Stone hut circle 610m west of Cawsand Beacon forming an outlying part of an enclosed stone hut circle settlement

Overview

Heritage Category: Scheduled Monument

List Entry Number: 1010792

Date first listed: 02-Mar-1995

Map

Ordnance survey map of Stone hut circle 610m west of Cawsand Beacon forming an outlying part of an enclosed stone hut circle settlement
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Location

The building or site itself may lie within the boundary of more than one authority.

County: Devon

District: West Devon (District Authority)

Parish: South Tawton

National Park: DARTMOOR

National Grid Reference: SX 63004 91524

Summary

Legacy Record - This information may be included in the List Entry Details.

Reasons for Designation

Dartmoor is the largest expanse of open moorland in southern Britain and, because of exceptional conditions of preservation, it is also one of the most complete examples of an upland relict landscape in the whole country. The great wealth and diversity of archaeological remains provide direct evidence for human exploitation of the Moor from the early prehistoric period onwards. The well-preserved and often visible relationship between settlement sites, major land boundaries, trackways, ceremonial and funerary monuments as well as later industrial remains, gives significant insights into successive changes in the pattern of land use through time. Stone hut circles and hut settlements were the dwelling places of prehistoric farmers on Dartmoor. They mostly date from the Bronze Age, with the earliest examples on the Moor in this building tradition dating to about 1700 BC. The stone-based round houses consist of low walls or banks enclosing a circular floor area; remains of the turf or thatch roof are not preserved. The huts may occur singly or in small or large groups and may lie in the open or be enclosed by a bank of earth and stone. Although they are common on the Moor, their longevity and their relationship with other monument types provide important information on the diversity of social organisation and farming practices amongst prehistoric communities. They are particularly representative of their period and a substantial proportion of surviving examples are considered worthy of protection.

The stone hut circle 610m west of Cawsand Beacon survives well within an area containing a large number of similar monuments. Deep peat deposits within and around the hut protect archaeological remains and contain environmental evidence relating to the monument, the economy of its inhabitants and the landscape in which they lived. As such, this provides a valuable insight into the nature of Bronze Age occupation on the north side of the moor. This hut lies a short distance from a large number of similar structures and may therefore contain different and contrasting information to that available in the nearby settlements.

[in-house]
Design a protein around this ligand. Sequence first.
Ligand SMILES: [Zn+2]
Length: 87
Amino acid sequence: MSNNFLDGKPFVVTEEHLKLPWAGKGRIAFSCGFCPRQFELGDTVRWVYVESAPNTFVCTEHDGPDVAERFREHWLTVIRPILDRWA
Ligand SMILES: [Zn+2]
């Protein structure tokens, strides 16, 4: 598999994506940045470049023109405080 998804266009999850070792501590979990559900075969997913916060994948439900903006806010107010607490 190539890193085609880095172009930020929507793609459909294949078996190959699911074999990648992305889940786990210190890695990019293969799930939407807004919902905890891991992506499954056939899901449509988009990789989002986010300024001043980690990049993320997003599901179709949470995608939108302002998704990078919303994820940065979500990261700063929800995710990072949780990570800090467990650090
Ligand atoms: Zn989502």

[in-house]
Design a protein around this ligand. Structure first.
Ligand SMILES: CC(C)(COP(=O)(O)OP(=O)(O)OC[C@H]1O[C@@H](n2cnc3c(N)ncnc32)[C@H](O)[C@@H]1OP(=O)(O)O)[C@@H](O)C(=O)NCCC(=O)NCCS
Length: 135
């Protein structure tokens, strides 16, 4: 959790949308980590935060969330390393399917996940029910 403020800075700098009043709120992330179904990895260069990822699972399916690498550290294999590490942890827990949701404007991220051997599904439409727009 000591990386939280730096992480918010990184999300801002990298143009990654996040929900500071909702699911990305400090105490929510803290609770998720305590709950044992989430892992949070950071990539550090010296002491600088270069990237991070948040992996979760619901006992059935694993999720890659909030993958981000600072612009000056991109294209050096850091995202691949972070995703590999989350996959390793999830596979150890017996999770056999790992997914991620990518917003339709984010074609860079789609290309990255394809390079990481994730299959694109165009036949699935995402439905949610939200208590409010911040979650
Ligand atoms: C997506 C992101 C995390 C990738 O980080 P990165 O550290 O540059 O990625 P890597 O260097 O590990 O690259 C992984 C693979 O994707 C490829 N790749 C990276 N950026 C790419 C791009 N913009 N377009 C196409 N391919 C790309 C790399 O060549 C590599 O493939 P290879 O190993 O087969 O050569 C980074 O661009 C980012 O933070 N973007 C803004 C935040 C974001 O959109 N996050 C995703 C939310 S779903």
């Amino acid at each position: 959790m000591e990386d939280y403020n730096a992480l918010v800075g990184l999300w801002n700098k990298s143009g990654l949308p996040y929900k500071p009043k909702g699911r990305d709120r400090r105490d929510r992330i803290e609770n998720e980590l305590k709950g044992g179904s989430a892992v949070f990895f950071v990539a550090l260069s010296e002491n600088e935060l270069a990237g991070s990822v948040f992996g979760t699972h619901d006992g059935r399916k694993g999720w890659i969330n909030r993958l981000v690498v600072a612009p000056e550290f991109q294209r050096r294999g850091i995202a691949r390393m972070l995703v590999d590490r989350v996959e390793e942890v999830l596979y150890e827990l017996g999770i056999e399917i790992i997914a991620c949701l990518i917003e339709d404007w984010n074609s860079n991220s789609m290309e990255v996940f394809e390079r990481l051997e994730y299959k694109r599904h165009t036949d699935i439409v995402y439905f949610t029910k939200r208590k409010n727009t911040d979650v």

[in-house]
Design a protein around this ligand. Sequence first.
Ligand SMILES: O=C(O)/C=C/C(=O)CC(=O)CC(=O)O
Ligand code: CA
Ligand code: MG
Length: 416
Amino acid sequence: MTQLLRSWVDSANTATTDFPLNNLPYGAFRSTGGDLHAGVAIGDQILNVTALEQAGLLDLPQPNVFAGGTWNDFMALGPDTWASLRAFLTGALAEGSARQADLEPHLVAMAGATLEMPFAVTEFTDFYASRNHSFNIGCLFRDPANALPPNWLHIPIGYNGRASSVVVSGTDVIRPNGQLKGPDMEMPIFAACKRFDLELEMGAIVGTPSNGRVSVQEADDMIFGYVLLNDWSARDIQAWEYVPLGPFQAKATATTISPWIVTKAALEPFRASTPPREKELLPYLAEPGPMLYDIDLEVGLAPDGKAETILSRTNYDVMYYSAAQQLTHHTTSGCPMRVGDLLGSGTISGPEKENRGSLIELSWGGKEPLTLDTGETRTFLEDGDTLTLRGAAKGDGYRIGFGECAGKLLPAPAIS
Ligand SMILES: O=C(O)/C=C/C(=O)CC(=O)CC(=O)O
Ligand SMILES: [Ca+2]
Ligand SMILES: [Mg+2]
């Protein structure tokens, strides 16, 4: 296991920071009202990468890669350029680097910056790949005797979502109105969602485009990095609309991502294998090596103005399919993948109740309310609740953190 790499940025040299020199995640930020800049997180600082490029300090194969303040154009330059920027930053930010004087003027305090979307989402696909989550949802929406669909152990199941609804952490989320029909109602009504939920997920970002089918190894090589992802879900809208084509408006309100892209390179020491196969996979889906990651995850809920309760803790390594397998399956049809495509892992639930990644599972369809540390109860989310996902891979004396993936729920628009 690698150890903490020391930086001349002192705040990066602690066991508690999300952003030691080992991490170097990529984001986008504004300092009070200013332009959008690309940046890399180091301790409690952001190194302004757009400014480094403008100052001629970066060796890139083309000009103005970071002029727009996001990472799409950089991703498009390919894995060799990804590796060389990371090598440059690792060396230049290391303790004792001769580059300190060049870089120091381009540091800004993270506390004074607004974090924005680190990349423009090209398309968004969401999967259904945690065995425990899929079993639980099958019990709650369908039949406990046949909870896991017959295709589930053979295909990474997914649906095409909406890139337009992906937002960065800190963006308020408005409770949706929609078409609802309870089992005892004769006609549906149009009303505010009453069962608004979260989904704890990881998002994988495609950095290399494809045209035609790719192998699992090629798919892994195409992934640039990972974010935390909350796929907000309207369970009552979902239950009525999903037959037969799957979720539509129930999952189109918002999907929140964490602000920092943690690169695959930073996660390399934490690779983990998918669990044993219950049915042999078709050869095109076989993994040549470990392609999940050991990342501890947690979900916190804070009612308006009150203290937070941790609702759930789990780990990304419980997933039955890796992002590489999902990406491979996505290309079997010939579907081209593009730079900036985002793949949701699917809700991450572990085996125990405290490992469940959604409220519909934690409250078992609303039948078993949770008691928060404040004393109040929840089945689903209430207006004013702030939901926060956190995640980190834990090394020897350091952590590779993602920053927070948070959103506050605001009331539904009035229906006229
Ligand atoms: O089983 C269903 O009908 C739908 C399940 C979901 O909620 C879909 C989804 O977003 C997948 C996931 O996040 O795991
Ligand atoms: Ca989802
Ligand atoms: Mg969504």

History

Legacy Record - This information may be included in the List Entry Details.

Details

This monument includes a stone hut circle forming an outlying part of an enclosed stone hut circle settlement lying on a north west facing slope of Cawsand Hill (also known as Cosdon Hill) overlooking the valley of the River Taw. The monument forms part of a discrete group of settlements lying on the lower slopes of Cawsand and White Hill. In particular, two broadly contemporary stone hut circle settlements lie a short distance east and south east of the monument. The stone hut circle is composed of a stone and earth bank measuring 1.5m wide and 0.6m high, surrounding a circular internal area with a diameter of 5m.

MAP EXTRACT The site of the monument is shown on the attached map extract. It includes a 2 metre boundary around the archaeological features, considered to be essential for the monument's support and preservation.

Legacy

The contents of this record have been generated from a legacy data system.

Legacy System number: 24142

Legacy System: RSM

Sources

Other
Devon County Sites and Monuments Register, SX69SW46, (1985)
Gibson, A, Single Monument Class Description - Stone Hut Circles, (1987)
MPP fieldwork by S. Gerrard,
Plate 16, Greeves, T A P, The Archaeology of Dartmoor from the Air, (1985)

End of official listing